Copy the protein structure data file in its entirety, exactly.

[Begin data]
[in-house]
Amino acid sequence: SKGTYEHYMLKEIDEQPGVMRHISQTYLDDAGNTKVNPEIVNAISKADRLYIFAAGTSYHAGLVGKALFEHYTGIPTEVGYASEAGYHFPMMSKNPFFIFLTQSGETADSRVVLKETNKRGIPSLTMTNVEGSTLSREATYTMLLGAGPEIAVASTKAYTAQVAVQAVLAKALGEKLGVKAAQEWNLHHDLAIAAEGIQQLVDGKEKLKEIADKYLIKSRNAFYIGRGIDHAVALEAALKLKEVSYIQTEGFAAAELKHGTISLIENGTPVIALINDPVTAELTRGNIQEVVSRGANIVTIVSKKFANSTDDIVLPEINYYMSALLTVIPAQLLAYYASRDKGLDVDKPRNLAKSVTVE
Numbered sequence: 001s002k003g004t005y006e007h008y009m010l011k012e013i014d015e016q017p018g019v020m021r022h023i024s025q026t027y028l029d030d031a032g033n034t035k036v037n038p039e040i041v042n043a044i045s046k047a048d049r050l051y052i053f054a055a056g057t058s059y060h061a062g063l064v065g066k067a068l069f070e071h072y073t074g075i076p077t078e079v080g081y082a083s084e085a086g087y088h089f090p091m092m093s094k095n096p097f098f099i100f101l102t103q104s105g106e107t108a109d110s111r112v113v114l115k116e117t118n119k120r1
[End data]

[in-house]
Amino acid sequence: SKGTYEHYMLKEIDEQPGVMRHISQTYLDDAGNTKVNPEIVNAISKADRLYIFAAGTSYHAGLVGKALFEHYTGIPTEVGYASEAGYHFPMMSKNPFFIFLTQSGETADSRVVLKETNKRGIPSLTMTNVEGSTLSREATYTMLLGAGPEIAVASTKAYTAQVAVQAVLAKALGEKLGVKAAQEWNLHHDLAIAAEGIQQLVDGKEKLKEIADKYLIKSRNAFYIGRGIDHAVALEAALKLKEVSYIQTEGFAAAELKHGTISLIENGTPVIALINDPVTAELTRGNIQEVVSRGANIVTIVSKKFANSTDDIVLPEINYYMSALLTVIPAQLLAYYASRDKGLDVDKPRNLAKSVTVE
Numbered sequence: 001s002k003g004t005y006e007h008y009m010l011k012e013i014d015e016q017p018g019v020m021r022h023i024s025q026t027y028l029d030d031a032g033n034t035k036v037n038p039e040i041v042n043a044i045s046k047a048d049r050l051y052i053f054a055a056g057t058s059y060h061a062g063l064v065g066k067a068l069f070e071h072y073t074g075i076p077t078e079v080g081y082a083s084e085a086g087y088h089f090p091m092m093s094k095n096p097f098f099i100f101l102t103q104s105g106e107t108a109d110s111r112v113v114l115k116e117t118n119k120r1